The House Intel Committee may force the FBI to tip its hand to Russia
Trump-Russia scandal will stretch the supposed boundaries of bipartisanship
If you listen to the voices of some reasonable rational Republicans with years of experience in politics, they are not quite ready to yell or scream concerning the firing of FBI Director James Comey.
Tom Davis, former Congressman and widely respected moderate, told me that when it comes to the subject of possible presidential impeachment or resignation, we are "a long way from that."
When pressed on the disturbing aspects of this affair, he uses phrases such as "I don't think at this point" or "it remains to be seen." Davis defends President Trump with the all-encompassing line, "There is no smoking gun."
But he does not hesitate to criticize the way in which the firing was done. Davis claims that Trump was nicer to the people he fired on his TV show, "The Apprentice."
To the central question, are there Republicans who have the guts to challenge Trump and one day go to the White House la Nixon, like Barry Goldwater, Hugh Scott and Robert Griffith and tell him in person: "It's time to go."
Davis immediately says "Oh, sure."
But I'm not so sure.
Pete Teeley, a savvy and perceptive observer of the political scene was far more emphatic and blunt. Teeley was George H.W. Bush's press secretary when he was vice president and was the spokesman for Sen. Jacob Javits (R-N.Y.).
Teeley is not the least bit diplomatic when commenting on the current situation. Describing the White House staff and operation he states, "These people don't know what they're doing."
The White House needs some "adults" working there.
As for Trump himself, Teeley says of the President, "has no idea of the office or its history."
To those who claim he will change or grow in office, Teeley doesn't buy that:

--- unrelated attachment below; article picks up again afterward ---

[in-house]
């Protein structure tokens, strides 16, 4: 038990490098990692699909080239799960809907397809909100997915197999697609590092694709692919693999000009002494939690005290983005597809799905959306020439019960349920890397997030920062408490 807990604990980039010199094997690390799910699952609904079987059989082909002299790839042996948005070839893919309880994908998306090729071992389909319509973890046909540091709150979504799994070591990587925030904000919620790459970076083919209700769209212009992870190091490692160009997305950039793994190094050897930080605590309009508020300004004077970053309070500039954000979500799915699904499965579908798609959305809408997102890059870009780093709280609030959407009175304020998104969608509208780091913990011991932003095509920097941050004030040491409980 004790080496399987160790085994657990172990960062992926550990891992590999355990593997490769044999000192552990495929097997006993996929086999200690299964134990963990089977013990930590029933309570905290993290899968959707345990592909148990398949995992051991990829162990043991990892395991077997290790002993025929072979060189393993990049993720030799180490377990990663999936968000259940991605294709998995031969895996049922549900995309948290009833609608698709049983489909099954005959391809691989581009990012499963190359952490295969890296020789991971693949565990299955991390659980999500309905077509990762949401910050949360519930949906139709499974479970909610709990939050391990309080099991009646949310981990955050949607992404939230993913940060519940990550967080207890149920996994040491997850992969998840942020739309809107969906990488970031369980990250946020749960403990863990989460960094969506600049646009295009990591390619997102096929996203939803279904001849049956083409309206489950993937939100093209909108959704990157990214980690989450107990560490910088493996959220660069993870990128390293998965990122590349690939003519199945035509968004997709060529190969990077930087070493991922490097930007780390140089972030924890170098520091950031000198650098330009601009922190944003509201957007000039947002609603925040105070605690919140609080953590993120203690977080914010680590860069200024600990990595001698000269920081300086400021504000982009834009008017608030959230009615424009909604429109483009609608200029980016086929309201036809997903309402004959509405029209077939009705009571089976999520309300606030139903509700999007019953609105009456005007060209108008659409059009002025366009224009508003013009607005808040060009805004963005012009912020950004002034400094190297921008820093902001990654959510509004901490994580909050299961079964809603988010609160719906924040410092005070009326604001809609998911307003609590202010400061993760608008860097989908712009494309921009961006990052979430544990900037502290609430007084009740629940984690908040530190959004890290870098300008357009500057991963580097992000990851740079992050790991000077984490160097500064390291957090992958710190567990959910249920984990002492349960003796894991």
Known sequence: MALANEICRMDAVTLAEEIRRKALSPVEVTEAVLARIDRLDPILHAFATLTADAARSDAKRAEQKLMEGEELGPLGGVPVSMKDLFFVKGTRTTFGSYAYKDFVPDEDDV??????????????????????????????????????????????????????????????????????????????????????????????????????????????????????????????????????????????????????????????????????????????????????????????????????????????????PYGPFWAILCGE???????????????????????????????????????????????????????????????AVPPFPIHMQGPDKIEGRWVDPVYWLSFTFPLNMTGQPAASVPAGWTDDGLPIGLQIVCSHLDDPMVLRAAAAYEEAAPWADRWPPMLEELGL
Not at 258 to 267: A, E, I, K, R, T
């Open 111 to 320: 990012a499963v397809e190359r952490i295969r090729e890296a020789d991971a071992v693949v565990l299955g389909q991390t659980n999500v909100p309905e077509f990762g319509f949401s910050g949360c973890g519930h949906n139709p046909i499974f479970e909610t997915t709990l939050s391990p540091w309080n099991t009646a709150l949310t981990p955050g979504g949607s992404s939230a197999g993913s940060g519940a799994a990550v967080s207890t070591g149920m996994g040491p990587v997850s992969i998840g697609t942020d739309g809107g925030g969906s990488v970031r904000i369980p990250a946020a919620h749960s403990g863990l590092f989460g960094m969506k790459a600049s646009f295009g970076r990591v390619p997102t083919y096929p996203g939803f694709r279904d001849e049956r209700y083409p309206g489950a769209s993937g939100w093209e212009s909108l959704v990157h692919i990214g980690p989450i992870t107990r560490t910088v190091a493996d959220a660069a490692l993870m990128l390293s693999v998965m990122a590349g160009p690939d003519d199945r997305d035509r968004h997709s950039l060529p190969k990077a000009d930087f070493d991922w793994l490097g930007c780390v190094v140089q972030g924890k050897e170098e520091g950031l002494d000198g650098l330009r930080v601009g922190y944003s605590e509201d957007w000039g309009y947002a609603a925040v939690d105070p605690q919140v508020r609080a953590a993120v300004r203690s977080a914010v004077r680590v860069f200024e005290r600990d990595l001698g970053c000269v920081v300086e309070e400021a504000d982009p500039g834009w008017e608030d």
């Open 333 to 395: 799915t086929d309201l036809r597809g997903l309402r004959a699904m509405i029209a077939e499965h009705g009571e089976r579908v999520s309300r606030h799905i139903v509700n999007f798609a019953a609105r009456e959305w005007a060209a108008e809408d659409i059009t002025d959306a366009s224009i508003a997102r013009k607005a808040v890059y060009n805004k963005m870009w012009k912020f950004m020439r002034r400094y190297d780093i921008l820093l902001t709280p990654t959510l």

"He is not going to change."
And to the issue of stability and consistency: "This is the roller-coaster administration."
I thought it fair to begin this column with some Republican first takes. To me, there is so much to say and cover that it cannot all be done today in this one space. But allow me to stress and emphasize some statements that Trump himself has made that cannot be ignored.
First on Monday, before the late Tuesday afternoon firing, Trump tweeted, "The Russia-Trump collusion is a total hoax, when will this taxpayer charade end,."
Was that tweet but the clear overture to the Tuesday action?
What I firmly feel is even more important, is the actual firing letter where Trump wrote to Comey and said, "While I greatly appreciate your informing me, on three separate occasions that I am not under investigation ..."
Is this statement true?
Did Comey personally talk to Trump and tell him that three times? According to Trump, Comey said he wasn't under investigation.
Comey has been invited by Sen. Mark Warner (D-Va) to come before the Senate Intelligence Committee and testify this coming Tuesday.
Will Comey refute Trump?
Then what should happen?
Right off the bat, let me say I don't believe for a second that the reason Trump fired Comey was because "he wasn't doing his job."
As Richard Milhous Nixon would say, "Let me be perfectly clear."
Trump fired Comey because the investigation was "accelerating" and getting too close to him. The New York Times reported that Comey last week had asked for more personnel and resources.
Trump views the Presidency as nothing more than an extension of his personal business empire. So you have a problem with an employee - fire him.
What is now needed is a Watergate-style special bipartisan Senate committee which will honestly and truly investigate what has happened. Otherwise the FBI will be stymied, crippled and impeded in their investigation of possible collusion between the Trump campaign and the Russian government.
This newly formed Senate committee will bring to bear the necessary political weight to find the truth and tell the country who the bad guys are.
A highly unlikely person to comment on all of this is Timothy Naftali. Naftali is the former director of the Nixon Library. These are his words: "Unless Attorney General Sessions can prove malfeasance or gross negligence by Comey, the timing of this action further deepens suspicions that President Trump is covering up something."
One thing is definitely certain concerning this entire episode and it was best summed up by a friend, Dr. Victoria Casey.
She proclaimed, "This is the Titanic looking for an iceberg."
Mark Plotkin is a contributor to the BBC on American politics and a columnist for The Georgetowner. Previously, he was the political analyst for WAMU-FM, Washington's NPR affiliate, where he co-hosted the "D.C. Politics Hour With Mark Plotkin." He later became the political analyst for WTOP-FM, Washington's all-news radio station, where he hosted "The Politics Hour With Mark Plotkin." He is a winner of the Edward R. Murrow Award for excellence in writing.
The views expressed by contributors are their own and are not the views of The Hill.